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a. A tract of land that supports grass or other vegetation eaten by domestic grazing animals.
b. Such vegetation, especially that eaten by domestic grazing animals.
2. The feeding or grazing of animals.
v. pas·tured, pas·tur·ing, pas·tures
1. To herd (animals) into a pasture to graze.
2. To provide (animals) with pasturage. Used of land.
a. To graze on (land or vegetation).
b. To use (land) as pasture.
To graze in a pasture.
put out to pasture
1. To herd (grazing animals) into pasturable land.
2. Informal To retire or compel to retire from work or a full workload.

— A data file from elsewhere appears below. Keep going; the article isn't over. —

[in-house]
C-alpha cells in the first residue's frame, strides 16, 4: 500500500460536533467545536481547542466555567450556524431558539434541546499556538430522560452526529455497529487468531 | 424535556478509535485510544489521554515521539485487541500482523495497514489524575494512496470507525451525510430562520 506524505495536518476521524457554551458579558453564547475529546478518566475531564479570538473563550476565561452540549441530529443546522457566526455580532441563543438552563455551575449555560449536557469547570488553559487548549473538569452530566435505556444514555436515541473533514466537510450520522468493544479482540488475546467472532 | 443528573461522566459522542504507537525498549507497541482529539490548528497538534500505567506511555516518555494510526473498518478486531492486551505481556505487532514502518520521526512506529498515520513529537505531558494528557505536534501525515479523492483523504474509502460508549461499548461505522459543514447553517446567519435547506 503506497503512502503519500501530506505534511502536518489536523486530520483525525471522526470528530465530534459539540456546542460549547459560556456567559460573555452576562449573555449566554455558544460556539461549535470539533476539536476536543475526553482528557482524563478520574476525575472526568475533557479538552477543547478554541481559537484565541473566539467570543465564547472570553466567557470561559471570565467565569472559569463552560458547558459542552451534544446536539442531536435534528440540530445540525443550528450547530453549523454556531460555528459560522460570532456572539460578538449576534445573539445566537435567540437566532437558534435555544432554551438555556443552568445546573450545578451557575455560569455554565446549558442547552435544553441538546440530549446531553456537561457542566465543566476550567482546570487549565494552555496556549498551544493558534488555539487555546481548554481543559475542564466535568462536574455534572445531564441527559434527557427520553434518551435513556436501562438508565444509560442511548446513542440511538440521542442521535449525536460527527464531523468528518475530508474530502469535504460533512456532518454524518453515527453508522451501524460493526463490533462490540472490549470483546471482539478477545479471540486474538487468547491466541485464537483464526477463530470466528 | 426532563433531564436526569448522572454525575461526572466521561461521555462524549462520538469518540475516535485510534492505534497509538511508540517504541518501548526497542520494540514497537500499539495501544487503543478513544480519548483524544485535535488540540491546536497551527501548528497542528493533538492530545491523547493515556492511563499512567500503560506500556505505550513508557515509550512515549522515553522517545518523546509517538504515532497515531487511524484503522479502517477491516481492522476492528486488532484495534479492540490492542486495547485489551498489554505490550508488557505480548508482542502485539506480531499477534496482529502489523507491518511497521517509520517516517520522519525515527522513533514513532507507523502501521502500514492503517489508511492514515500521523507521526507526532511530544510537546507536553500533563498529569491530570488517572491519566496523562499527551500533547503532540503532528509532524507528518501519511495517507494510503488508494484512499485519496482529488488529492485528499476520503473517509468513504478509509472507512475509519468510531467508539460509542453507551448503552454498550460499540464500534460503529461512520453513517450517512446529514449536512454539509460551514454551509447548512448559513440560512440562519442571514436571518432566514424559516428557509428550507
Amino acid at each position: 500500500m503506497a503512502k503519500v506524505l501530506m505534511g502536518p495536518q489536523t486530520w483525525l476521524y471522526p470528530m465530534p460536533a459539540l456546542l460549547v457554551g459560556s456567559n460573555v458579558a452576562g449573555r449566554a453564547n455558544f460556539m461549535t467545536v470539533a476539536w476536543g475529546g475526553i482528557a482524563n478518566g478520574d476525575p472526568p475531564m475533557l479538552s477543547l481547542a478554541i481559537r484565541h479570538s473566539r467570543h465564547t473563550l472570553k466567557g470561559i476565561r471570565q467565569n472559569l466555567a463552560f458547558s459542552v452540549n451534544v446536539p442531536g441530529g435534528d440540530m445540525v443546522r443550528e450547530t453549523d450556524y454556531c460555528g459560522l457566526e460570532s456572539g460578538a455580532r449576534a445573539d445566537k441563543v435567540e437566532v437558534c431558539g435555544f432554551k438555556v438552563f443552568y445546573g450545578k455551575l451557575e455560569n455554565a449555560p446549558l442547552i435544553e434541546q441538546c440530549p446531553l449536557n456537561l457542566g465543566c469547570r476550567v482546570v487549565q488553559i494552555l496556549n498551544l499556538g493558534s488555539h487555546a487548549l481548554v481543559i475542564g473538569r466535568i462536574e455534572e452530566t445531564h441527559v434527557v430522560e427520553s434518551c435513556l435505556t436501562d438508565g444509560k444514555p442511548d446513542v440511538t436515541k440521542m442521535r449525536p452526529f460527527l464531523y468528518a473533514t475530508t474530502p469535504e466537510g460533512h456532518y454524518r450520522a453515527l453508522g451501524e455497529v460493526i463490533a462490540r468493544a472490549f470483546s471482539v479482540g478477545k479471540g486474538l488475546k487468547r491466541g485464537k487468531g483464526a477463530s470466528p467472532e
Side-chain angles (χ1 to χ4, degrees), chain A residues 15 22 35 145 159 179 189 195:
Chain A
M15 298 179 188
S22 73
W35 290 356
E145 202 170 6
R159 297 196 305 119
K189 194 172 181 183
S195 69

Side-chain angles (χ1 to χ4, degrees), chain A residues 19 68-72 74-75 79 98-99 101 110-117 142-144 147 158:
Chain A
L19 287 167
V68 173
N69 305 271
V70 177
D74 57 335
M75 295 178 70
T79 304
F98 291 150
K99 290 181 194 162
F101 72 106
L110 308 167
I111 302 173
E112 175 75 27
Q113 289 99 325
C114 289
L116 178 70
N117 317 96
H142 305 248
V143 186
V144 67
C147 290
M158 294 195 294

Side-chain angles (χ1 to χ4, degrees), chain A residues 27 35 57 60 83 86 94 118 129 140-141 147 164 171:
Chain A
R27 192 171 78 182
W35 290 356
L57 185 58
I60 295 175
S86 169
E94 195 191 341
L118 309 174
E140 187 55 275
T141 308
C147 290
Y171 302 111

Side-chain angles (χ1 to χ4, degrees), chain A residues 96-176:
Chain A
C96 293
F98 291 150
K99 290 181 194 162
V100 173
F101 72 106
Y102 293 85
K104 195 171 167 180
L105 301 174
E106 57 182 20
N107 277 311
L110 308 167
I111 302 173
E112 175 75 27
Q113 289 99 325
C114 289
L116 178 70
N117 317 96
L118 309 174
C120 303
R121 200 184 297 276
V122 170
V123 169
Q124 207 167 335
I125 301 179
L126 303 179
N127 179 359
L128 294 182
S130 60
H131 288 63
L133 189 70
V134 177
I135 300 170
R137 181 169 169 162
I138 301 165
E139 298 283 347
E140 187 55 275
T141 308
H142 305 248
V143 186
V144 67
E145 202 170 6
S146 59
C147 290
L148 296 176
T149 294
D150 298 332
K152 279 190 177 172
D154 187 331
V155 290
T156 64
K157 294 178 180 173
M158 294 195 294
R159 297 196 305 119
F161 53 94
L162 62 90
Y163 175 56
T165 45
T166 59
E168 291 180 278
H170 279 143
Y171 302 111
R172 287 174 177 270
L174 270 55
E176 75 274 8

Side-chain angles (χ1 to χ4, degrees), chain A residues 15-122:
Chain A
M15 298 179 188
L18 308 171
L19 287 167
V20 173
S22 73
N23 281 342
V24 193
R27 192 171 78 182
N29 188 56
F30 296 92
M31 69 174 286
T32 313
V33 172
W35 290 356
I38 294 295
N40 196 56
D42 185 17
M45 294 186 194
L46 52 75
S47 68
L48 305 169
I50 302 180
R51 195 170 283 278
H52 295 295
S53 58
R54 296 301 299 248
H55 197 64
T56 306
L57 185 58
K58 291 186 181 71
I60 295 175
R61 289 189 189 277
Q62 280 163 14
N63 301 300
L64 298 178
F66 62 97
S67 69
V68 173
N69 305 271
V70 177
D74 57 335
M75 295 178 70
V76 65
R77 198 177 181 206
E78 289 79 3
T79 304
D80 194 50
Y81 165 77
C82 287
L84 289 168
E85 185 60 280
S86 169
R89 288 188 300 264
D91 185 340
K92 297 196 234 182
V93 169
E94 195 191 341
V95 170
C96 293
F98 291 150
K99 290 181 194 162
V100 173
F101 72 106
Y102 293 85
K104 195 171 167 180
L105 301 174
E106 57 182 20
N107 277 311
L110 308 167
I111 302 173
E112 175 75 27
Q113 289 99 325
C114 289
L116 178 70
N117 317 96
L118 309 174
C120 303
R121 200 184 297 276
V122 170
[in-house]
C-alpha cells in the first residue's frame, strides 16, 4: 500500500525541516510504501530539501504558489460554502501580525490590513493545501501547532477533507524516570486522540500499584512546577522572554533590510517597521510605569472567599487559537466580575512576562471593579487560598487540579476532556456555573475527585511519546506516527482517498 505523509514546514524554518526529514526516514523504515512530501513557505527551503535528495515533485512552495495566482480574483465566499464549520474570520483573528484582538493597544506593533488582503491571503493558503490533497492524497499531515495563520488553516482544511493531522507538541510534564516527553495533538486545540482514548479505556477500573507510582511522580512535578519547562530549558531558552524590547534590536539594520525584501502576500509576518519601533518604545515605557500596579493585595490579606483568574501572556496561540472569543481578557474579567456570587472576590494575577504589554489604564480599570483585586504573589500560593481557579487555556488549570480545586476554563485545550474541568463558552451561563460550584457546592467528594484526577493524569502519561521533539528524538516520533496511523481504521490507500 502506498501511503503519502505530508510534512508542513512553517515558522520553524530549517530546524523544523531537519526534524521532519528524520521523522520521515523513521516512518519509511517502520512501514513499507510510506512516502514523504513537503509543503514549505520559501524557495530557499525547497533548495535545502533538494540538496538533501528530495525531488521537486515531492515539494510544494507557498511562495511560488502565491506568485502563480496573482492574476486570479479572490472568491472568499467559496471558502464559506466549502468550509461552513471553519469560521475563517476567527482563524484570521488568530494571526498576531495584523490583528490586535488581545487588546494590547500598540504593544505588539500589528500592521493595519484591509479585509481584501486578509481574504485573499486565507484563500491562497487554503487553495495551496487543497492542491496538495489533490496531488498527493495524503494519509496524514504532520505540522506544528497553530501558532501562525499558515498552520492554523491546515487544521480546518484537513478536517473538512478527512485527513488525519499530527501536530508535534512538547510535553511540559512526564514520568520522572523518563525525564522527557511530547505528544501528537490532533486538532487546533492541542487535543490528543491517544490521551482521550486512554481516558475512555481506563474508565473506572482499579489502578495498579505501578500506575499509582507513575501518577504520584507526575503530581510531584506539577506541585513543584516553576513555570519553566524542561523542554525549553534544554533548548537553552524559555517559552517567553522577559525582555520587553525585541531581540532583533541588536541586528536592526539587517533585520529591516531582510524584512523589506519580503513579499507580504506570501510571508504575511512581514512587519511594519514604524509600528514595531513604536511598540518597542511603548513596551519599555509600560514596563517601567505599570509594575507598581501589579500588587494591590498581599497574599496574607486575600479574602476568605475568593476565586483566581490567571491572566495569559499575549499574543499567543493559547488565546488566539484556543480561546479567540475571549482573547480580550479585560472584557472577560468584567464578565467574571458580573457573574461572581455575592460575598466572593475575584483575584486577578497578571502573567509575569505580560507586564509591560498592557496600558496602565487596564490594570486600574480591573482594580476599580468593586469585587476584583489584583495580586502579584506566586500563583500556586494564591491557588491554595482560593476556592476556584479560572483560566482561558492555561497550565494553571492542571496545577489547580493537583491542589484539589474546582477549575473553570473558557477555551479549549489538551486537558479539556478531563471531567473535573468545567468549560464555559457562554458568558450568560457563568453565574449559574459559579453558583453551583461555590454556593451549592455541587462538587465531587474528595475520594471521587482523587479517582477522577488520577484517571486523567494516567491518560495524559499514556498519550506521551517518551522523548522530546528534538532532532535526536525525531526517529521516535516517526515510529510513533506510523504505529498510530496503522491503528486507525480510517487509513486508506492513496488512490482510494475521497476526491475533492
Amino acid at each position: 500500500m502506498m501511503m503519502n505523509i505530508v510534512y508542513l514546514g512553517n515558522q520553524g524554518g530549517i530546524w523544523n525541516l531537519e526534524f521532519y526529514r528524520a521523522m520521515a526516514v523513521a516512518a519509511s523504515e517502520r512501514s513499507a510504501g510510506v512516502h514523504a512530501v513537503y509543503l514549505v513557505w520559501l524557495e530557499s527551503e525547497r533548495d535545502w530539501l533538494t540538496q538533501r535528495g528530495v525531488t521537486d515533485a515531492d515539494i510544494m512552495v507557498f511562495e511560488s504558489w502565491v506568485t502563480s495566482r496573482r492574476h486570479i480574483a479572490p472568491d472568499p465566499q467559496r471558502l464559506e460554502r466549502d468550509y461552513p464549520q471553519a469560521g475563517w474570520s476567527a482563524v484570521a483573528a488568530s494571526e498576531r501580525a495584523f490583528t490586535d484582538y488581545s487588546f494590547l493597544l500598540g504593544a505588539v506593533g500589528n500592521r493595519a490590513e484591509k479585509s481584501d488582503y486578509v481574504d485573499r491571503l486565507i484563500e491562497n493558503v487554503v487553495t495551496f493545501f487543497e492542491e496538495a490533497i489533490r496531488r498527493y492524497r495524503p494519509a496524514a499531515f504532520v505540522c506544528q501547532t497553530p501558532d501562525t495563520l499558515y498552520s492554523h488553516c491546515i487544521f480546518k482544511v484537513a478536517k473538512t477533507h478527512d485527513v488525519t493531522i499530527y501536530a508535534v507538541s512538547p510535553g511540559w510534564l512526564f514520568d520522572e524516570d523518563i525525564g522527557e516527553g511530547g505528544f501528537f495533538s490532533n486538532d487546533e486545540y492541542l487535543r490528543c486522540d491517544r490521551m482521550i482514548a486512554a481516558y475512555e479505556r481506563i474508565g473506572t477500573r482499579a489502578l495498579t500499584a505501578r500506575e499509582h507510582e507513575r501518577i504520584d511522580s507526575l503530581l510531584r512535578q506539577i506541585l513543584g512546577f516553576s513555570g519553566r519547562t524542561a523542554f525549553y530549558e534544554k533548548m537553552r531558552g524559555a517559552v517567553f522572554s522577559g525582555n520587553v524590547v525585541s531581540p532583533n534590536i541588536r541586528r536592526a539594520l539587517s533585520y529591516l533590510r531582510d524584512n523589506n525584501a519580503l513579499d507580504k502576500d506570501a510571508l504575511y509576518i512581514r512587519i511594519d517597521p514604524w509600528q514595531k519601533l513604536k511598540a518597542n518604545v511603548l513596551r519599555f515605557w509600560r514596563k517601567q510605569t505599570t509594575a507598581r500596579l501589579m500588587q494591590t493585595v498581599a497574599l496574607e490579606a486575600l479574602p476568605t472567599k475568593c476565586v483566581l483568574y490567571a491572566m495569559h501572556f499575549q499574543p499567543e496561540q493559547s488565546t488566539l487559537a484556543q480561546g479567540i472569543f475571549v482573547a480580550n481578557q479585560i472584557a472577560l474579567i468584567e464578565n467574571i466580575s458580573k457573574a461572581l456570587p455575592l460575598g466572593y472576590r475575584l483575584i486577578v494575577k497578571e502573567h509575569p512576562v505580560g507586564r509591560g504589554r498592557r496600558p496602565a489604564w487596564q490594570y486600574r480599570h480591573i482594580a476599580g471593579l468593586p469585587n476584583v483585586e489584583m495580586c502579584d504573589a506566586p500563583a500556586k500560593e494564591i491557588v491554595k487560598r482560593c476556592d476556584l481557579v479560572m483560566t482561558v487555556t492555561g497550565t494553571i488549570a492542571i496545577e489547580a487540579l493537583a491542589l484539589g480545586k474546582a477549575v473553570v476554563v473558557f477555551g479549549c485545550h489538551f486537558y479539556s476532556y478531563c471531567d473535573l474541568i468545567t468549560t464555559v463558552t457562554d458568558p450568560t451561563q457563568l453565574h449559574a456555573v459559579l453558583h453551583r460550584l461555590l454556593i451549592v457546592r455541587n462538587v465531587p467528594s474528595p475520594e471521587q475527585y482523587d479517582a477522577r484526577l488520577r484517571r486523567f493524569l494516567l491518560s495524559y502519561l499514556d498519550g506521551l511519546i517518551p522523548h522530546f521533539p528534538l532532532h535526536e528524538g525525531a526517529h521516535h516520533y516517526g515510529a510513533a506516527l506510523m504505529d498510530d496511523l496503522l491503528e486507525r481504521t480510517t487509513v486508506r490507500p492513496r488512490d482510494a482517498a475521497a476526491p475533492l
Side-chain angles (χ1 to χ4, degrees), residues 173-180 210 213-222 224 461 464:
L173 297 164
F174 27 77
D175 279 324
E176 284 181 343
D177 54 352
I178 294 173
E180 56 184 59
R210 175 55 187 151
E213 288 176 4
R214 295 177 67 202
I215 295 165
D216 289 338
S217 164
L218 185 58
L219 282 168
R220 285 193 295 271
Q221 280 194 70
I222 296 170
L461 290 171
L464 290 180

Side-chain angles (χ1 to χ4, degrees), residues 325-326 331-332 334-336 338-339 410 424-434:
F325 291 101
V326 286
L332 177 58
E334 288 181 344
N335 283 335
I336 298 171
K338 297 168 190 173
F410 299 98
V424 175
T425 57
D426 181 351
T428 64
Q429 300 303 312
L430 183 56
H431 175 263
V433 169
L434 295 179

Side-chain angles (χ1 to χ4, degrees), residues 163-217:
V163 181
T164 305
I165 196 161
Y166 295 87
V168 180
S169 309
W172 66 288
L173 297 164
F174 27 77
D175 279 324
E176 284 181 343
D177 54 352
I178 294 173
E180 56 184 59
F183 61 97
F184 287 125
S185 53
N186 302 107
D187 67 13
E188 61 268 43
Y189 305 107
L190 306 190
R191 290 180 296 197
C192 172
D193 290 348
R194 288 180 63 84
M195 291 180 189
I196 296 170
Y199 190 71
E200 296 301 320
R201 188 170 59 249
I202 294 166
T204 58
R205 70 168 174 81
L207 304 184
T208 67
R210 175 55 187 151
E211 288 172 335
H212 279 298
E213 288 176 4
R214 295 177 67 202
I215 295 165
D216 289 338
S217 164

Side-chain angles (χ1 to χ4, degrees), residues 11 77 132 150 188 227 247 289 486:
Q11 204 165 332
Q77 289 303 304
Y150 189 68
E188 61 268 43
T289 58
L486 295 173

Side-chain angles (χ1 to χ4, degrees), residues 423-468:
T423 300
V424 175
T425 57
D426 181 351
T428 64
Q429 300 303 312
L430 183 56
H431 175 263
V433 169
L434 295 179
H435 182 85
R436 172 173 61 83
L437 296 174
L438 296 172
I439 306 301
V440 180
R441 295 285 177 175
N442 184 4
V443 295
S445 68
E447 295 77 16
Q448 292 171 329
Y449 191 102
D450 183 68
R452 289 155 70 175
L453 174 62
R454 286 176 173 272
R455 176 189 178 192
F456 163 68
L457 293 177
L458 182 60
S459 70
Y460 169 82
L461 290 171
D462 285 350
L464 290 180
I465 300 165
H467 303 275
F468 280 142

[Middle English, from Old French, from Late Latin pāstūra, from Latin pāstus, past participle of pāscere, to feed; see pā- in Indo-European roots.]

pas′tur·a·ble adj.
pas′tur·er n.


(Agriculture) able to be used as pasture
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References in periodicals archive ?
More often fighting is over land that has been abandoned by African populations; and frequently it is an extension of growing competition for the increasingly scarce natural resources of Darfur, mainly water and land that is arable or pasturable.
Perhaps most notably, Khartoum has long refused to work toward the delineation and demarcation of the North/South Border, even as there are a number of contested areas of considerable political significance and with immense potential for minerals, timber, and other natural resources, including arable and pasturable land.